The Interdisciplinary Quantitative Bioscience (IQB) Program at UMBC will respond to the challenges described in the National Research Council report, Bio 2010: Undergraduate Education to Prepare Biomedical Research Scientists. The IQB Program is the product of an interdepartmental and interdisciplinary faculty effort involving support from Phase I MARC Curricular Improvement funds, which included a regional symposium at UMBC, and the MAS'Winter Institute on course development. The IQB Program builds on core strengths of faculty from the Departments of Mathematics and Statistics, Information Systems, Physics, and Biological Sciences. This initiative takes a multi-prong approach to ensure undergraduates, especially students from underrepresented groups in the sciences, value the application of mathematics and statistics, physics and information systems to biological problems. UMBC will create intensive learning environments by employing interdepartmental teams of faculty and teaching assistants. Honors designation will be added to new key courses required for the biological sciences major and a Certificate in Quantitative Biosciences will be established with a progressive series of related course work. The initiative begins with summer seminars at UMBC by exciting guest speakers who use quantitative sciences in their research to inspire participants in the eight-week Meyerhoff Scholarship Summer Bridge Program and summer undergraduate researchers from UMBC and beyond. A one-credit fall seminar course will use guest lecturers to enthuse undergraduates, especially first-year students, about the power of quantitative biosciences. A linked six-credit BIOL 100 Laboratory course with Statistics 350 will incorporate data analysis and model building. Students will benefit from designated two-credit laboratory courses that explore and build mathematical models in genetics (BIOL 312HL) and cell biology (BIOL 313HL). New four-credit basic physics courses, PHYS 111 and 112, will incorporate biological applications for biology majors. A Perl programming course (Information Systems) and a new Introduction to Biophysics (Physics) provided through other funding will add breadth to available course work. A 400-level course developed by a new biology faculty hire will provide a related upper-level elective in the quantitative biosciences. The IQB Program will institutionalize the integration of quantitative sciences into the biological sciences at UMBC. Students who complete the Quantitative Biosciences certificate will be more competitive for acceptance into many Ph.D. programs, and all students will benefit from exposure to seminars and individual courses demonstrating the value of mathematical tools in the biomedical sciences. Comprehensive evaluations using course learning objectives will maximize IQB Program efficacy and ensure that needed changes are identified and incorporated.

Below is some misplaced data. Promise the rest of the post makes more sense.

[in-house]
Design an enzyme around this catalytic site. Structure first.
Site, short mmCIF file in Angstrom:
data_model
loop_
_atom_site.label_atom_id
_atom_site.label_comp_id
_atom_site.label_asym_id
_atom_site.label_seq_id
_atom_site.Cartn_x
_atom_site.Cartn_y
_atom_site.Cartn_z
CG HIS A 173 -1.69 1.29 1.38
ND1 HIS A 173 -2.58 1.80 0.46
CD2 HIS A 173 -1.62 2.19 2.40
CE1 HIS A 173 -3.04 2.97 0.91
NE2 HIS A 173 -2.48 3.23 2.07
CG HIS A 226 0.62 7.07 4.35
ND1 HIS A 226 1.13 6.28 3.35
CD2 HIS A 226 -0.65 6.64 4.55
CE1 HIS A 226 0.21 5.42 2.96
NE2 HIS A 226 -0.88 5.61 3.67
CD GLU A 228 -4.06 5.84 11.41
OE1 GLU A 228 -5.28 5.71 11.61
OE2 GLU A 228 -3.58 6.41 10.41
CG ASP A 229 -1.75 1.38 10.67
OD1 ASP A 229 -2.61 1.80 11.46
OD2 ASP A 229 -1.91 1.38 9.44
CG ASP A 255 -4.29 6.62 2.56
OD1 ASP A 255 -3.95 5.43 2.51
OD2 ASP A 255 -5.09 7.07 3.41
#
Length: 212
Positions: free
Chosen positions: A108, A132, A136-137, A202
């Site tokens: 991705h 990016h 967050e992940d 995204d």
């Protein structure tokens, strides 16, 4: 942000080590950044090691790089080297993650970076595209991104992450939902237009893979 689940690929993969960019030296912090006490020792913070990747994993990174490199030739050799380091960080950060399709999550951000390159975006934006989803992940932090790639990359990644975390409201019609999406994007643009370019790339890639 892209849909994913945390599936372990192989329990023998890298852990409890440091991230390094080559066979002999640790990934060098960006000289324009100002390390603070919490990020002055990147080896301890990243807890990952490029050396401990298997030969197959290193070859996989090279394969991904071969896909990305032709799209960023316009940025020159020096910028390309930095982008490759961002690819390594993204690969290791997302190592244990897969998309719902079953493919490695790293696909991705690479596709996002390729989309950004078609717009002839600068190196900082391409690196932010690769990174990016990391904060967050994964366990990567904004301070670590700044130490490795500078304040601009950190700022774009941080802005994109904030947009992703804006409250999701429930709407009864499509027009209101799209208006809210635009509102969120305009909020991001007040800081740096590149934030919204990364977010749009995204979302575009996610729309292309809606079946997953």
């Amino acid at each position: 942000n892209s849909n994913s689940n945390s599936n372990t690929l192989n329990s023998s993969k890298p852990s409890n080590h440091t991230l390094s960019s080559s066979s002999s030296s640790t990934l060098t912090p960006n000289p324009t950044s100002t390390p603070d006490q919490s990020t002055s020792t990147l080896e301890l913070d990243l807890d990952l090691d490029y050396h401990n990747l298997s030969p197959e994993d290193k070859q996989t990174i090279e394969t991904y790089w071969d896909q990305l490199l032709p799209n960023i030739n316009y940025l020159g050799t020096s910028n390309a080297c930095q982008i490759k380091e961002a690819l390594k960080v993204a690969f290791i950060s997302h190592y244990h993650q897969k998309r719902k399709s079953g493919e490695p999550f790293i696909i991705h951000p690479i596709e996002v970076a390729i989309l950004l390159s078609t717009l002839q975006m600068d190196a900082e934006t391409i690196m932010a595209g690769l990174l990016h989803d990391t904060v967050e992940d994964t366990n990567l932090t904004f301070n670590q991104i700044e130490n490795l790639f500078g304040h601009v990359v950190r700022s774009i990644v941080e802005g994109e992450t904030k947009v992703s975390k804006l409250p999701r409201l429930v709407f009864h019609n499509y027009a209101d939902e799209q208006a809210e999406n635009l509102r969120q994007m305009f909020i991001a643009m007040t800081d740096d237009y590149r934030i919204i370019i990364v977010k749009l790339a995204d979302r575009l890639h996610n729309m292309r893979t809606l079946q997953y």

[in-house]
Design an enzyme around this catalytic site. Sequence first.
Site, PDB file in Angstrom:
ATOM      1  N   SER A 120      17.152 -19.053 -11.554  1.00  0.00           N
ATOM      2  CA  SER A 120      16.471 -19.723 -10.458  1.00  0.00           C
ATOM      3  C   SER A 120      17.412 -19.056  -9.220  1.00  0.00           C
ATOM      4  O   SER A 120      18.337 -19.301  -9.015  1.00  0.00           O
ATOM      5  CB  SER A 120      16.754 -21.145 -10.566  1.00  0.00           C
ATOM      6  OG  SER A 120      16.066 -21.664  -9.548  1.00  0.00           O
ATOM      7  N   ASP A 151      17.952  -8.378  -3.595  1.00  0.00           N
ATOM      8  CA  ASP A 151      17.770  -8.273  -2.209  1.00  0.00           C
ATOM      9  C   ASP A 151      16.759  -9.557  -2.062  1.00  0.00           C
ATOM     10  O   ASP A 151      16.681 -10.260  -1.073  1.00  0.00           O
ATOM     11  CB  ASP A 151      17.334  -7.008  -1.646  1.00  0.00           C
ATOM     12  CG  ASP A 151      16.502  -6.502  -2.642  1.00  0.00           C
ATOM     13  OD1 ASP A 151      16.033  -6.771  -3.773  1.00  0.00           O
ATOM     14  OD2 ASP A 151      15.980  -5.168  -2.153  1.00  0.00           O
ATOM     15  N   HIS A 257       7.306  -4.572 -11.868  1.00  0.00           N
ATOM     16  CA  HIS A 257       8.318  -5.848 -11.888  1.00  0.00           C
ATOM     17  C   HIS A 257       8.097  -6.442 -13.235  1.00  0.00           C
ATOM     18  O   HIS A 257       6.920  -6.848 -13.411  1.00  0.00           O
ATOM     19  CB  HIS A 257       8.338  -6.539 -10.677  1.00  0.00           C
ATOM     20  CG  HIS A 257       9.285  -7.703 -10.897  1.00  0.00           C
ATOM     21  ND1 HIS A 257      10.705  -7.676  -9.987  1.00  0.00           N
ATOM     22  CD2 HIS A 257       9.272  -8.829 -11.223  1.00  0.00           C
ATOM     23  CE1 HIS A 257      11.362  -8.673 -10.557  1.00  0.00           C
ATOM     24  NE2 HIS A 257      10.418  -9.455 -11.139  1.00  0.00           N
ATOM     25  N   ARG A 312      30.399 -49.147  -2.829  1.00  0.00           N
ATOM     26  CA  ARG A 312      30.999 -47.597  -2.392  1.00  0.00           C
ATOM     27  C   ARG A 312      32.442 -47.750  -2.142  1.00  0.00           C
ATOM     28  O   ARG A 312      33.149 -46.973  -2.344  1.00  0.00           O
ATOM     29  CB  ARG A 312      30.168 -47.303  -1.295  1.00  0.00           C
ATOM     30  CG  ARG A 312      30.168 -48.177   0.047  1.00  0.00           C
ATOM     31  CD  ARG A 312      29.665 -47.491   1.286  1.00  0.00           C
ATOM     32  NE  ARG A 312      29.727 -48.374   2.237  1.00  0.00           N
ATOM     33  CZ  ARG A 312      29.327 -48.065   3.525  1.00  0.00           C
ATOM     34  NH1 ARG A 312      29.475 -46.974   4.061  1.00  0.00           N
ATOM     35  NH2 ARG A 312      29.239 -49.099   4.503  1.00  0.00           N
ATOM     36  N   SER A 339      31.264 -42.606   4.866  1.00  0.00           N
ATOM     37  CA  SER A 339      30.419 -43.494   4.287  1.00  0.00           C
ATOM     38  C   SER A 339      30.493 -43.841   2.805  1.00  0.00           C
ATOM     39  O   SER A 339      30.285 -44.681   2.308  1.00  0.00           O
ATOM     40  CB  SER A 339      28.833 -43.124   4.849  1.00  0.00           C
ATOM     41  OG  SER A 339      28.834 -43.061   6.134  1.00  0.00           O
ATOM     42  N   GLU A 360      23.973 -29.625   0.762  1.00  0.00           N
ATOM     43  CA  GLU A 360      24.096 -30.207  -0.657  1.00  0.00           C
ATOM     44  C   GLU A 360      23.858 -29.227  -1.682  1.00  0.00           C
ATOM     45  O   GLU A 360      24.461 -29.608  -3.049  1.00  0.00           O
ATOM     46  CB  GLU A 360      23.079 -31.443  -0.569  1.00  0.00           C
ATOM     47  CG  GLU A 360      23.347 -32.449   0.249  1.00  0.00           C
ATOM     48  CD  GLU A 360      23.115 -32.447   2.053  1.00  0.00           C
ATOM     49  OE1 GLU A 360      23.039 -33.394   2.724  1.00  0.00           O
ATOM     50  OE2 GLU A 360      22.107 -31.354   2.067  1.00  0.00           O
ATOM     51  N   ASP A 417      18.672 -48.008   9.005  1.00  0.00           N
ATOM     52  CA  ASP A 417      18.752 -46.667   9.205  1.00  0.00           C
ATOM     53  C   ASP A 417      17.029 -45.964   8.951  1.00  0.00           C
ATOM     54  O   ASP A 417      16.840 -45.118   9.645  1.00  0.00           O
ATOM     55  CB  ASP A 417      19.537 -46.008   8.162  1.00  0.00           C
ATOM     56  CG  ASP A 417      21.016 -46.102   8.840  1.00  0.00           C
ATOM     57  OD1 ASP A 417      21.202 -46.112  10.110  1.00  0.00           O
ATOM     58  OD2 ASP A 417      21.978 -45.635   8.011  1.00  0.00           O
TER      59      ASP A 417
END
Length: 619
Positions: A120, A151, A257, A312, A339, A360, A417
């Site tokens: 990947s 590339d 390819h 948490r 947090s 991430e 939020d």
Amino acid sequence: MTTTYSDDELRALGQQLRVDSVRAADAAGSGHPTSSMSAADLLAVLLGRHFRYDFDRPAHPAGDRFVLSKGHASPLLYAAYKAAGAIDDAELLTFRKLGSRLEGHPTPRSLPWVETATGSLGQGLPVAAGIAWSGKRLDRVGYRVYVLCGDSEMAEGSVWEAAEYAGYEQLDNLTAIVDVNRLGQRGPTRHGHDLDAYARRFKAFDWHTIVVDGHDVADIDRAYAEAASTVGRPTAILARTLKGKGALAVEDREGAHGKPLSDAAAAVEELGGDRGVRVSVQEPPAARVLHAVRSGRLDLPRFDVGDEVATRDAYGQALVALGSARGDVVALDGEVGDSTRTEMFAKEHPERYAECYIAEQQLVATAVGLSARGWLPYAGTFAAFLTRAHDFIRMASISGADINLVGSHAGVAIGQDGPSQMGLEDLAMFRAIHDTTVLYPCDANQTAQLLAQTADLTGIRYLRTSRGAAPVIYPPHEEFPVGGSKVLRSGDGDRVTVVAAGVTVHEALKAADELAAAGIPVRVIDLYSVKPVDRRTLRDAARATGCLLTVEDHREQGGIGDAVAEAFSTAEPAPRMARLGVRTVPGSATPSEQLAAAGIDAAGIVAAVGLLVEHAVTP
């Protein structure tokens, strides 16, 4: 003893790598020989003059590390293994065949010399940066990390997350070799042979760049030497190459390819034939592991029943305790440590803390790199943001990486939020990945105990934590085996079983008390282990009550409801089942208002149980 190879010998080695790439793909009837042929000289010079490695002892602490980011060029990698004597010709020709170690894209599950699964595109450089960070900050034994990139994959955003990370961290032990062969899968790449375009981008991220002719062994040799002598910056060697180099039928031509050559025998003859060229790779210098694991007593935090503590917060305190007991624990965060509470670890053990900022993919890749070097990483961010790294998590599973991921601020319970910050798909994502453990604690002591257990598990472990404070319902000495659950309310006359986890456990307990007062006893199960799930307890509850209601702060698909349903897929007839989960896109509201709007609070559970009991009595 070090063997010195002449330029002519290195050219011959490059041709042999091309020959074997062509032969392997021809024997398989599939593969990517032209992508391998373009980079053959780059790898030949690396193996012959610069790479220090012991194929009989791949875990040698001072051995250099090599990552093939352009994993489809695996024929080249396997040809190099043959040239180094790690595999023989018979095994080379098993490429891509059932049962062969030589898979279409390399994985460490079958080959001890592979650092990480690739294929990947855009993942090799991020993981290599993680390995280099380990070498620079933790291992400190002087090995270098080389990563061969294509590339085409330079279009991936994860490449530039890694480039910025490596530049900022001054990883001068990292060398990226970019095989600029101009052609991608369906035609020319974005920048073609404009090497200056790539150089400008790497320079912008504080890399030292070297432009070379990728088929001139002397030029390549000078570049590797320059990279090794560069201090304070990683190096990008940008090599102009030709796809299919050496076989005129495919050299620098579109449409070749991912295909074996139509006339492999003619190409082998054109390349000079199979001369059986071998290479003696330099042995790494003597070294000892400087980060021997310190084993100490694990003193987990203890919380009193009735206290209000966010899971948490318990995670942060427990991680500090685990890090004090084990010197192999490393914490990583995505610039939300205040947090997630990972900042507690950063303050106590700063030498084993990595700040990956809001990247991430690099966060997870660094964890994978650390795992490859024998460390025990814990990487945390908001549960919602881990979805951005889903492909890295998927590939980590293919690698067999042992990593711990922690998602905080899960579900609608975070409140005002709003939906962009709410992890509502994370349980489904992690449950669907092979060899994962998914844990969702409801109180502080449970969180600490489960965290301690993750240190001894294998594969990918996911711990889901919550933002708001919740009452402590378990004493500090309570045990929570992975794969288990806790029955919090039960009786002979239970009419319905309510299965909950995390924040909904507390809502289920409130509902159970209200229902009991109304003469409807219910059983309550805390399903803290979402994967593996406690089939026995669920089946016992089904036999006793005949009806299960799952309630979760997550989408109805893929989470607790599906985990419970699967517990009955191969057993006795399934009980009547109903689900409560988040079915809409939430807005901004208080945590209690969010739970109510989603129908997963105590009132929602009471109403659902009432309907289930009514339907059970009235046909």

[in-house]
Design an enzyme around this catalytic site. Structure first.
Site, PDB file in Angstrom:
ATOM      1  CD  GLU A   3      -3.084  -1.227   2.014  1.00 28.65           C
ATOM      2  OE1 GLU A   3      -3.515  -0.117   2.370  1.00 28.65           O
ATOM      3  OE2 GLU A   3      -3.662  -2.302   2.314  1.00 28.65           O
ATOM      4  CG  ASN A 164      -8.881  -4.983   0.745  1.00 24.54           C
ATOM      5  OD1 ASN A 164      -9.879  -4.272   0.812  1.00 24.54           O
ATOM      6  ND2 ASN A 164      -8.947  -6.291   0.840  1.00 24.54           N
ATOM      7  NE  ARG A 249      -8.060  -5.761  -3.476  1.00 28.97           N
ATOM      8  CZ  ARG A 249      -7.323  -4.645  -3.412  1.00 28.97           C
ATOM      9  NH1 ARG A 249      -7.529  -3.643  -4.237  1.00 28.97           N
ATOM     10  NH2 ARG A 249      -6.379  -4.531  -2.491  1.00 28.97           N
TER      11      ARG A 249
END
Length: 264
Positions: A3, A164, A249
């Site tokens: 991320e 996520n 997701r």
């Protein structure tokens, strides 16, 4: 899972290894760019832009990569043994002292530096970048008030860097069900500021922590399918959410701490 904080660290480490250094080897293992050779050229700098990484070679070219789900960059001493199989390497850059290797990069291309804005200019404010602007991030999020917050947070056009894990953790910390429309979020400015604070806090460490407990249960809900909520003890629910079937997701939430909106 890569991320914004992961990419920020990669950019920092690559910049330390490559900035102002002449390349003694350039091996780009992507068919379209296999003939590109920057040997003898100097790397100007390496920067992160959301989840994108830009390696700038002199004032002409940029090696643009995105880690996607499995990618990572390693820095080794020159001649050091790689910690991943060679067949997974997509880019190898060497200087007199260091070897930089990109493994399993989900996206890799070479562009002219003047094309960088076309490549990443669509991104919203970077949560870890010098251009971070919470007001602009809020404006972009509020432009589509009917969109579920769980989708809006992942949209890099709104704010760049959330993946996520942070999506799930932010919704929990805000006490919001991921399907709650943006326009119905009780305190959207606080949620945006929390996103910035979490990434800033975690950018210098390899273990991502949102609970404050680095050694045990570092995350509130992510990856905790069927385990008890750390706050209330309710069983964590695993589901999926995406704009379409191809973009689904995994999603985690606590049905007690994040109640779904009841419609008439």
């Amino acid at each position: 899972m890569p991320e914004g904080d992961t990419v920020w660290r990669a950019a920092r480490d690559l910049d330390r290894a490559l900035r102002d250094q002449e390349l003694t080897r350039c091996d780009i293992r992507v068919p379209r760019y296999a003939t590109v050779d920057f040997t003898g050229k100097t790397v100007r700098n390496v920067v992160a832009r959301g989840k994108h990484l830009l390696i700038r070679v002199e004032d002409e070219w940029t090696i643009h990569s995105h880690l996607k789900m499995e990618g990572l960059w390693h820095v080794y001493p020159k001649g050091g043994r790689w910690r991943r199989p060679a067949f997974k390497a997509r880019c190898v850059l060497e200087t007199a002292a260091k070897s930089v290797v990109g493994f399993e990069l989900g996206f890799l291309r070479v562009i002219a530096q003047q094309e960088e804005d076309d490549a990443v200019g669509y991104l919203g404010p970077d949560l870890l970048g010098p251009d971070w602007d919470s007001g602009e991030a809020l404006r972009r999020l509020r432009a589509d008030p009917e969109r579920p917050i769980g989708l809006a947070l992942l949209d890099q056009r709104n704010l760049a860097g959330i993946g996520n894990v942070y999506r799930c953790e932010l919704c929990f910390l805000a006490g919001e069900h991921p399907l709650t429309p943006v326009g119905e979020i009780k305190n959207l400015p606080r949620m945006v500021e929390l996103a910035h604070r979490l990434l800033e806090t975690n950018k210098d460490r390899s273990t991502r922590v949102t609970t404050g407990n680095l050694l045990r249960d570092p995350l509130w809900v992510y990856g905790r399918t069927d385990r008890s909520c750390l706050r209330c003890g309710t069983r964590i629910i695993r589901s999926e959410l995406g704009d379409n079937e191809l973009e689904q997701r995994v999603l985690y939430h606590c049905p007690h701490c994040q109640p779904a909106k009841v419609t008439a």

|Hoffman, Kathleen; Leupen, Sarah; Dowell, Kathy et al. (2016) Development and Assessment of Modules to Integrate Quantitative Skills in Introductory Biology Courses. CBE Life Sci Educ 15:|